The Bushnell Aggressor 20MP Trail Camera has settings for day and night usage. By default the camera will work 24 hours per day, but the user has the choice to select between day or night only use. This is good if you are interested in photographing animals that visit your yard at night, but don’t want to shift through pictures of you and your family moving about your yard during the day.
The Aggressor No Glow model uses black LED lights for the flash. You can choose between the power of the flash, and have the option to remove the Anti-Reflection LED cover for even more brightness. The higher flash levels will cause you to go through batteries quicker though.
Because of the black LED lights, humans and animals will not be able to see the flash. This feature makes the Aggressor to be ideal to double for home video surveillance (although without having cellular capabilities in this model, you would still only be able to see the activity after the fact).
The shutter speed can also be adjusted when the camera is in night mode. Using the high speed NV shutter option you can achieve stop motion photography at night. Although the instruction manual does give the warning that using this option may result in overly dark photographs.
The Aggressor operates between -20 to 60 degrees Celsius (-4 to 140 degrees Fahrenheit). People living up North will want to keep this in mind if they are looking to use the camera in the dead of winter. The water resistant case will protect the camera from rain and snow.
Bushnell is known for making durable cameras, and the case on the Aggressor takes the previous ruggedness and adds an improved latch and made the cable lock channel stronger.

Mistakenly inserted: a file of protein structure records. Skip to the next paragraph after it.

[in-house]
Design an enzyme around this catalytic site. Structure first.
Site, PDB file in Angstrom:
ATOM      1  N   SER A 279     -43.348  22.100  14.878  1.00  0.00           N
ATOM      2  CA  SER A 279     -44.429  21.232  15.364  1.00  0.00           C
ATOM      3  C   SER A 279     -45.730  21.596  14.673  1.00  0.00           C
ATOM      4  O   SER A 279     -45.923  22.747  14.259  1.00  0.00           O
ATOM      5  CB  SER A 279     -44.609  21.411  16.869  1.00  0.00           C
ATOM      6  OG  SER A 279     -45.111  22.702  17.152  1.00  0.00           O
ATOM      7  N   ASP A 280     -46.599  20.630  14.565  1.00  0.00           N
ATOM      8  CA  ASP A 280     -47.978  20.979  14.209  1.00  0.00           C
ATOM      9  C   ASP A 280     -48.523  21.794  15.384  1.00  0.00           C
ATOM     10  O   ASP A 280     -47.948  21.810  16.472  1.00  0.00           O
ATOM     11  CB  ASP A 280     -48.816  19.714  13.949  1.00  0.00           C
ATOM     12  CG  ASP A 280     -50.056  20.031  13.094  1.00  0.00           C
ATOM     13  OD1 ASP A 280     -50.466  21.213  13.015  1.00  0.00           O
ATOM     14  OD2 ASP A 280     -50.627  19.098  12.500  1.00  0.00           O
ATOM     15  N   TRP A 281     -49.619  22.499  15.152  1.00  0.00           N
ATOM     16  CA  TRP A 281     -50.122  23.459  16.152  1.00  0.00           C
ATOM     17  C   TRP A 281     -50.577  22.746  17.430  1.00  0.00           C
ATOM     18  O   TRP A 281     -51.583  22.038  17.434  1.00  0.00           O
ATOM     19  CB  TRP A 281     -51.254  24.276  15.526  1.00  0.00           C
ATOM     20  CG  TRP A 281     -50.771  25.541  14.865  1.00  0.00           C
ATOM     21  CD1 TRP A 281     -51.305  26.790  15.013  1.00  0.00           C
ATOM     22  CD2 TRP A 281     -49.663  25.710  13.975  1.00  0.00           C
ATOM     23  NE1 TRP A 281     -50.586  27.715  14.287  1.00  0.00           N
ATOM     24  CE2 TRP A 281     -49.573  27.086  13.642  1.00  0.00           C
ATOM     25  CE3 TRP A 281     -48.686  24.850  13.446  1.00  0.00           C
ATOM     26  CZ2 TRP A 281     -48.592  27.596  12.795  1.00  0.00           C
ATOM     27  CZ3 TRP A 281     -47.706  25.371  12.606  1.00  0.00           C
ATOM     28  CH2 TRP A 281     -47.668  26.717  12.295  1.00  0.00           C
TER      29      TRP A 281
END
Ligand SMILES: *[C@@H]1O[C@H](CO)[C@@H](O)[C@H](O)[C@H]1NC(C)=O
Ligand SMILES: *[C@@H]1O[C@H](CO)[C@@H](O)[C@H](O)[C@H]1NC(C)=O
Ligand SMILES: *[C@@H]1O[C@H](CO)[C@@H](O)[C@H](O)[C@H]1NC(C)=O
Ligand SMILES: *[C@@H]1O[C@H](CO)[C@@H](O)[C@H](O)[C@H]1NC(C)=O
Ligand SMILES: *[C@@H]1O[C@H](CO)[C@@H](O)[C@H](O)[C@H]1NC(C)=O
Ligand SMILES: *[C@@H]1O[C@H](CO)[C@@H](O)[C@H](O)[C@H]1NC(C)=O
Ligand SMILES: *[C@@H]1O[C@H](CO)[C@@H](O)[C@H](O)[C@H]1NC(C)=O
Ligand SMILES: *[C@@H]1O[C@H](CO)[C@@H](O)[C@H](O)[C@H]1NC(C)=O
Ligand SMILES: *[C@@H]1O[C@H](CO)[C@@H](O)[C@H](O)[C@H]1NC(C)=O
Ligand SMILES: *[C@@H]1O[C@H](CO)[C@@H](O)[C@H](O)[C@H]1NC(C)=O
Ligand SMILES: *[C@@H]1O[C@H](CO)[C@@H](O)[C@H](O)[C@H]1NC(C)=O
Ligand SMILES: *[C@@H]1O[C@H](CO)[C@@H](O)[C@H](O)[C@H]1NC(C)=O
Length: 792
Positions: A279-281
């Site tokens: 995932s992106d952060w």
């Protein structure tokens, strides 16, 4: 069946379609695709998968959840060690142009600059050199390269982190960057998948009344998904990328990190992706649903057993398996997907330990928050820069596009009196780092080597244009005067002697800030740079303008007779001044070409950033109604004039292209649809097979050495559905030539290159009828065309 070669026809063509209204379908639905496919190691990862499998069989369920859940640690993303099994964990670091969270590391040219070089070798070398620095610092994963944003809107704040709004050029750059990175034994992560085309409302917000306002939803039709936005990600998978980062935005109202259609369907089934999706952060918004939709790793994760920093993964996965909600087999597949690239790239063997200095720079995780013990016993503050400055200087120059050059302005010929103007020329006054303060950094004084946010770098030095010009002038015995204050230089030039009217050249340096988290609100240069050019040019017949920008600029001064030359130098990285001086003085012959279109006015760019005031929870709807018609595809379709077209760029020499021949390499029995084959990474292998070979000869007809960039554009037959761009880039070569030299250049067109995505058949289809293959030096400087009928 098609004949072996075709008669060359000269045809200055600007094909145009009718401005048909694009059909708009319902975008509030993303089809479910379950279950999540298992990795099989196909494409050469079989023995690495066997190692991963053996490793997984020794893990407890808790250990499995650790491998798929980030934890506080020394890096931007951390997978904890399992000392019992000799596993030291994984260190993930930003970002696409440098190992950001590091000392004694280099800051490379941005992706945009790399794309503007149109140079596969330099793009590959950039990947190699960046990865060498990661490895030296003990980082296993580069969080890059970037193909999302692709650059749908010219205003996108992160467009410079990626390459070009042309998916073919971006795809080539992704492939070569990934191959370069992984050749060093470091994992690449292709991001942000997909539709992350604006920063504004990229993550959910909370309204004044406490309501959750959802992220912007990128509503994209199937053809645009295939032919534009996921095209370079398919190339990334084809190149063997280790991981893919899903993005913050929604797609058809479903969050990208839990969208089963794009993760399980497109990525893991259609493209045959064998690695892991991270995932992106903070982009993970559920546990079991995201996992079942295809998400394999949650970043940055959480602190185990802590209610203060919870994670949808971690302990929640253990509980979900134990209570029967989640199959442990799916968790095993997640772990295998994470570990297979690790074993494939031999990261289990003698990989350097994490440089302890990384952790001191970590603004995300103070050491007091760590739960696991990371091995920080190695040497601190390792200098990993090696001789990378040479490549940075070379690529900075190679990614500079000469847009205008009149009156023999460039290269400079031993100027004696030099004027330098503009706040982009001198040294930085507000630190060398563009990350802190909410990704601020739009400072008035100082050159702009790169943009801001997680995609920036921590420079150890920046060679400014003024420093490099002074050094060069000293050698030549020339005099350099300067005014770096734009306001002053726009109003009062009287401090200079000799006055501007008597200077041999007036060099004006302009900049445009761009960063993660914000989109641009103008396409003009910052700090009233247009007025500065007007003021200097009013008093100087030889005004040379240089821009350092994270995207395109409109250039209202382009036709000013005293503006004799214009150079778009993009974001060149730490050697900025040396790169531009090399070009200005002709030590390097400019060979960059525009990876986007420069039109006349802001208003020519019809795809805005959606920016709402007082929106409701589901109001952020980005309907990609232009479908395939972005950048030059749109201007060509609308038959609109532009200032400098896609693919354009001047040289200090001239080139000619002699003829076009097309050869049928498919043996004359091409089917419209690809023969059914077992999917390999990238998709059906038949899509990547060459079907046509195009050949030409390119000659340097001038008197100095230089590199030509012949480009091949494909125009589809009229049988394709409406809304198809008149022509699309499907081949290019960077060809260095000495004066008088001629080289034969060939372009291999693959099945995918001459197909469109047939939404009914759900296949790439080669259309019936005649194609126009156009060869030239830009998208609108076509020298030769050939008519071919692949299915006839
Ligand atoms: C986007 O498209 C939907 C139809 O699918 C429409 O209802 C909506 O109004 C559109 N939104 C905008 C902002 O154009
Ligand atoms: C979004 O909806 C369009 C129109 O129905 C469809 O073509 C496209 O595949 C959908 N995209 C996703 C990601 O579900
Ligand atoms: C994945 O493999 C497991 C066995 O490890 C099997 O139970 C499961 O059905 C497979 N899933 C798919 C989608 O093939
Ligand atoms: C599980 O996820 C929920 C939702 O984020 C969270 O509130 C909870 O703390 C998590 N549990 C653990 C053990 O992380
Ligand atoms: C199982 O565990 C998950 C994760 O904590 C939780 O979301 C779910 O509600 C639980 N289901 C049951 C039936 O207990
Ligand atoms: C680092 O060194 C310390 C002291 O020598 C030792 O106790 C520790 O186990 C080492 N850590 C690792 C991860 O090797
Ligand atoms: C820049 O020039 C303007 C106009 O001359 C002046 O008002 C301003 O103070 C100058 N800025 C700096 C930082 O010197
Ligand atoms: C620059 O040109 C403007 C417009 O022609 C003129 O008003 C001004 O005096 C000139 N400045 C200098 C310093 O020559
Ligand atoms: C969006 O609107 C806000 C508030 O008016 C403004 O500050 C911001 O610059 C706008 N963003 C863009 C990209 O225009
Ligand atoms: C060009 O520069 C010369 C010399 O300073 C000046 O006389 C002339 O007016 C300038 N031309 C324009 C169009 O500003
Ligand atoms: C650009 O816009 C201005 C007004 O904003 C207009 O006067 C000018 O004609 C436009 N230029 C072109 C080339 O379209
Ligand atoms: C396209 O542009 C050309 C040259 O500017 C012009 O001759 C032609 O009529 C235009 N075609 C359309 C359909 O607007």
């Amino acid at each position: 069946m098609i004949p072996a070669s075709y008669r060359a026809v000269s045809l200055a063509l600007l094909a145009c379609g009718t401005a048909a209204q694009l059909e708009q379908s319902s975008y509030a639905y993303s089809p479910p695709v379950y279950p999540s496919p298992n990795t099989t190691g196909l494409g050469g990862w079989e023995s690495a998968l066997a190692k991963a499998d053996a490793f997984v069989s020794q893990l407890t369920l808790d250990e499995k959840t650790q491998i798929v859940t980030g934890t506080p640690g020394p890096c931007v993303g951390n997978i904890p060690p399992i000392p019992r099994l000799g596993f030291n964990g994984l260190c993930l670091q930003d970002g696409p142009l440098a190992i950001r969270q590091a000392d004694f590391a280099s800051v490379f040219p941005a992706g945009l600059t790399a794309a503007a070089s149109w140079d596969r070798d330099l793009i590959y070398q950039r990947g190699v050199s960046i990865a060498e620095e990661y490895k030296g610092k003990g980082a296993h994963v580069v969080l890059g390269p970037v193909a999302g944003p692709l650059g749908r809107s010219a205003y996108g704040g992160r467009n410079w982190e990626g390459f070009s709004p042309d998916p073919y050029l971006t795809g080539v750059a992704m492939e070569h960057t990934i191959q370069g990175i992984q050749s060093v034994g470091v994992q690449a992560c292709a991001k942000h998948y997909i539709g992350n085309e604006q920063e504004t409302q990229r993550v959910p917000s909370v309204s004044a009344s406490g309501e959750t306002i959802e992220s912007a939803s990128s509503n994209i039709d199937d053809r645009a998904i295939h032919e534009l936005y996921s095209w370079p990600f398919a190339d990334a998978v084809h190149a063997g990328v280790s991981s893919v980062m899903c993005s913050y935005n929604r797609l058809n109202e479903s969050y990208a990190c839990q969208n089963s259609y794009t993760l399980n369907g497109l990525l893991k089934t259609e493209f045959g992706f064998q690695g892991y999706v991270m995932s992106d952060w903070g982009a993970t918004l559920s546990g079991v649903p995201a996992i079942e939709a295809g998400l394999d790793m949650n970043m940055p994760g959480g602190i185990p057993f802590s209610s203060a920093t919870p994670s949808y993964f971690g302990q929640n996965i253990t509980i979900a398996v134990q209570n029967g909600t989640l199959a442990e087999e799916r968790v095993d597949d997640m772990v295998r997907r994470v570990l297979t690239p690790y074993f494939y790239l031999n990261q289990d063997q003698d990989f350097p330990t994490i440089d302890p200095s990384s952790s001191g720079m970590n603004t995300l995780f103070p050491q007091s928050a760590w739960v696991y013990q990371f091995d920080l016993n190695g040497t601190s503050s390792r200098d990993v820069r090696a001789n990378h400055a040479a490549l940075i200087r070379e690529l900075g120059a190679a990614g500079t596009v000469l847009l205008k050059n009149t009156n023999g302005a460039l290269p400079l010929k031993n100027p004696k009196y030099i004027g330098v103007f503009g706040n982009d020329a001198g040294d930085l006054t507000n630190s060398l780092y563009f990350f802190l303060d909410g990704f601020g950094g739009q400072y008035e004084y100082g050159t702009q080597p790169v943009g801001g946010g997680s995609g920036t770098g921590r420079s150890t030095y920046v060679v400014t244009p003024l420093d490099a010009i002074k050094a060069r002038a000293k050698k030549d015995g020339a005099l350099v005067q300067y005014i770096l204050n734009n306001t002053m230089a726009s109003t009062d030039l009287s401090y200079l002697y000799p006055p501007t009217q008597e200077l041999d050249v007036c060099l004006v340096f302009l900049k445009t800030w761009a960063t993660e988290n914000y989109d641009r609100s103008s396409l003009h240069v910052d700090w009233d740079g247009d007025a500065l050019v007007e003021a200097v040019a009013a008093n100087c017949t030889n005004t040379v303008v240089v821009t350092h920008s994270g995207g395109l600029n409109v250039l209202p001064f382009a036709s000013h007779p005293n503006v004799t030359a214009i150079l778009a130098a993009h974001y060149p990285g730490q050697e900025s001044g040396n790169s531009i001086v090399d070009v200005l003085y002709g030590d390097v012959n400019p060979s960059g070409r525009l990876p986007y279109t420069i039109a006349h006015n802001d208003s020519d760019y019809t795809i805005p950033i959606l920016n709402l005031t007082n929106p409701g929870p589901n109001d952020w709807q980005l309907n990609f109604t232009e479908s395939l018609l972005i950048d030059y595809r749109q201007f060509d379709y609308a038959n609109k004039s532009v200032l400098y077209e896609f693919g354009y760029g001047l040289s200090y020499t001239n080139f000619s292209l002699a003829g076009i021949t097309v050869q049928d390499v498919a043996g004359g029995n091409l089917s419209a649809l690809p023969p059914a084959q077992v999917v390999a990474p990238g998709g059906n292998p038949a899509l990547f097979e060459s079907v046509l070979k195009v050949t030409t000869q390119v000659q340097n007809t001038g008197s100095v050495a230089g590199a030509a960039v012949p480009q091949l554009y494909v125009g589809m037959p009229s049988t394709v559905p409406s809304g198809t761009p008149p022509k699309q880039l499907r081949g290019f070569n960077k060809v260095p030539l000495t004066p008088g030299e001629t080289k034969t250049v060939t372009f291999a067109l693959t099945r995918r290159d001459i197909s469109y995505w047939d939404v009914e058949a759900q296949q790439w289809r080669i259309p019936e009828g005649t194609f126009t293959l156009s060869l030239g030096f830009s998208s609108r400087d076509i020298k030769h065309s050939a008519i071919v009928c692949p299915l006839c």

We did see one report of the camera being dropped just a couple of feet and damage being caused to the LED screen. The cases on the Bushnell cameras are of high quality, so we think this might have just been bad luck in making impact in some way to cause the damage. Unfortunately, we don’t really want to go buy a bunch of trail cameras just to drop them and see if they survive the fall.
We do suggest that if you are concerned about the durability and not having your camera get stolen to invest in a security box that can lock up your camera instead of just relying on the straps to keep your camera in place.
Supposedly the Aggressor has a 1 year battery life. You will only get that type of life from your batteries if you rarely use the camera.
Some of the settings, like the highest flash setting can drain batteries quickly. One of the most common complaints about this camera is the short battery life, with people reporting getting barely a month out of a set of batteries.
With the Aggressor 20MP definitely consider the price of having to replace the batteries fairly frequently.
There is a solar panel battery pack that is available to use with this model, if you choose to get this accessory the camera will only use the batteries in the camera once their isn’t adequate power available from the solar pack.
What Customers Say
On-line the Aggressor 20MP No Glow Trail Camera gets average ratings.